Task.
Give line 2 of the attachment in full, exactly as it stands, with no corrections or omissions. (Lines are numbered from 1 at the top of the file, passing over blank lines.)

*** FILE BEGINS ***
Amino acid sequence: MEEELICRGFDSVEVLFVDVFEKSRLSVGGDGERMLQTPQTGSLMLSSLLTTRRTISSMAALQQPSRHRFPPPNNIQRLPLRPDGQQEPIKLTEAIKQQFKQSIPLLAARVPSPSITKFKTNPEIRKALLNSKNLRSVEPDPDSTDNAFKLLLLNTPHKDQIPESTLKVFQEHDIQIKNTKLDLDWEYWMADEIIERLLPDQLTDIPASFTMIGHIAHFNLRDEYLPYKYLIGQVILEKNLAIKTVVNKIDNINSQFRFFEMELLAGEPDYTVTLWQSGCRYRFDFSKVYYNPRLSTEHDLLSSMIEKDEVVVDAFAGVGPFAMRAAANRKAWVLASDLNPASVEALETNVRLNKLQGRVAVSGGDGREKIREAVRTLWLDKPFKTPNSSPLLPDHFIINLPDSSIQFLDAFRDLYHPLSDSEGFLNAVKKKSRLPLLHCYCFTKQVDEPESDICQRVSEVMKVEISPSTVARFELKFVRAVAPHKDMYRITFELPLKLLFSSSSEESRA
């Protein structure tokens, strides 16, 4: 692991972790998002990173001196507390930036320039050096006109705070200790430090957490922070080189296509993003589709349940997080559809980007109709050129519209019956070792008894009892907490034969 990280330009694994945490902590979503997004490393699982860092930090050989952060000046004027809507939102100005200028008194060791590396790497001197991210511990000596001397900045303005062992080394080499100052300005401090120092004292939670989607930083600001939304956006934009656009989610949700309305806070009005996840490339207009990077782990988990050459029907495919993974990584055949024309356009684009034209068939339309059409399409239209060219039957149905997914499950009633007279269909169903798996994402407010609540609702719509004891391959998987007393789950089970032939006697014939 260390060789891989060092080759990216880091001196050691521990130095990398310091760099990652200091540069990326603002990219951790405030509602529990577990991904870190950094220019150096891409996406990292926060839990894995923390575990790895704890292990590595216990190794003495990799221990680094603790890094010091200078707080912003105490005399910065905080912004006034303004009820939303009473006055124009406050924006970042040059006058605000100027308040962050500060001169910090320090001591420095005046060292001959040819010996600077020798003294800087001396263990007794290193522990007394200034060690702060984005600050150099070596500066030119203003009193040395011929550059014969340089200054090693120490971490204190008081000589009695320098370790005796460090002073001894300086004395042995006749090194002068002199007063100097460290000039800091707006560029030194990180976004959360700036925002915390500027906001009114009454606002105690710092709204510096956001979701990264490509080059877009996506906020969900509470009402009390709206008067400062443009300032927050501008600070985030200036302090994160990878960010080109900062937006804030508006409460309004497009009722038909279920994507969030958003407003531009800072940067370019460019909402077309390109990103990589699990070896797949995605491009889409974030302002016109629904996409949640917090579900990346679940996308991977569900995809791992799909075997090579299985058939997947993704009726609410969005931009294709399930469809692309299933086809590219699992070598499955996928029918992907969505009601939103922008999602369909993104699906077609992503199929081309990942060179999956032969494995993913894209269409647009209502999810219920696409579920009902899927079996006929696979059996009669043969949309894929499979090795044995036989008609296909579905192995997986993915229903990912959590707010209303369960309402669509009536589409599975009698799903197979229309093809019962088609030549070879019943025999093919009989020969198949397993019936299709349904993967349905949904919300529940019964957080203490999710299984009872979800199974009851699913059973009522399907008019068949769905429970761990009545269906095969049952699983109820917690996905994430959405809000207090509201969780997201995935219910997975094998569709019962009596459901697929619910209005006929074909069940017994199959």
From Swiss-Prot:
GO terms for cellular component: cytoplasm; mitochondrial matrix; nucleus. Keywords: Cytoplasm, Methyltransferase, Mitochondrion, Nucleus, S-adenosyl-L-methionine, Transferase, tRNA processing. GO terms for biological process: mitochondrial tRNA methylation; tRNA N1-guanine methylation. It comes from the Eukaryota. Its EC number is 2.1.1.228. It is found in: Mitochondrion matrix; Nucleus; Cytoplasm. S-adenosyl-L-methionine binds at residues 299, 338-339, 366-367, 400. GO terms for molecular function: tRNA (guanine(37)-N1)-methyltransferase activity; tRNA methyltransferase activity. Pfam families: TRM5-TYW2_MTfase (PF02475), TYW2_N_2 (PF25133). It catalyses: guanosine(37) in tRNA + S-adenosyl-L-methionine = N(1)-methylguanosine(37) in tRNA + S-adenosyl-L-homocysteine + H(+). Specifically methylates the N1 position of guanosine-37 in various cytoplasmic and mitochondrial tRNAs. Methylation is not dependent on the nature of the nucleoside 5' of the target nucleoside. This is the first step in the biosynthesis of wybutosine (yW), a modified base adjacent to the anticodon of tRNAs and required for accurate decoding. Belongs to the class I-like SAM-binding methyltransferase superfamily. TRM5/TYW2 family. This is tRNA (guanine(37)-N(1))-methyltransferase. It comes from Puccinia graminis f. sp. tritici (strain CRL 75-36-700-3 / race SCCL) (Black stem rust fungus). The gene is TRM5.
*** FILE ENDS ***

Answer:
């Protein structure tokens, strides 16, 4: 692991972790998002990173001196507390930036320039050096006109705070200790430090957490922070080189296509993003589709349940997080559809980007109709050129519209019956070792008894009892907490034969 990280330009694994945490902590979503997004490393699982860092930090050989952060000046004027809507939102100005200028008194060791590396790497001197991210511990000596001397900045303005062992080394080499100052300005401090120092004292939670989607930083600001939304956006934009656009989610949700309305806070009005996840490339207009990077782990988990050459029907495919993974990584055949024309356009684009034209068939339309059409399409239209060219039957149905997914499950009633007279269909169903798996994402407010609540609702719509004891391959998987007393789950089970032939006697014939 260390060789891989060092080759990216880091001196050691521990130095990398310091760099990652200091540069990326603002990219951790405030509602529990577990991904870190950094220019150096891409996406990292926060839990894995923390575990790895704890292990590595216990190794003495990799221990680094603790890094010091200078707080912003105490005399910065905080912004006034303004009820939303009473006055124009406050924006970042040059006058605000100027308040962050500060001169910090320090001591420095005046060292001959040819010996600077020798003294800087001396263990007794290193522990007394200034060690702060984005600050150099070596500066030119203003009193040395011929550059014969340089200054090693120490971490204190008081000589009695320098370790005796460090002073001894300086004395042995006749090194002068002199007063100097460290000039800091707006560029030194990180976004959360700036925002915390500027906001009114009454606002105690710092709204510096956001979701990264490509080059877009996506906020969900509470009402009390709206008067400062443009300032927050501008600070985030200036302090994160990878960010080109900062937006804030508006409460309004497009009722038909279920994507969030958003407003531009800072940067370019460019909402077309390109990103990589699990070896797949995605491009889409974030302002016109629904996409949640917090579900990346679940996308991977569900995809791992799909075997090579299985058939997947993704009726609410969005931009294709399930469809692309299933086809590219699992070598499955996928029918992907969505009601939103922008999602369909993104699906077609992503199929081309990942060179999956032969494995993913894209269409647009209502999810219920696409579920009902899927079996006929696979059996009669043969949309894929499979090795044995036989008609296909579905192995997986993915229903990912959590707010209303369960309402669509009536589409599975009698799903197979229309093809019962088609030549070879019943025999093919009989020969198949397993019936299709349904993967349905949904919300529940019964957080203490999710299984009872979800199974009851699913059973009522399907008019068949769905429970761990009545269906095969049952699983109820917690996905994430959405809000207090509201969780997201995935219910997975094998569709019962009596459901697929619910209005006929074909069940017994199959």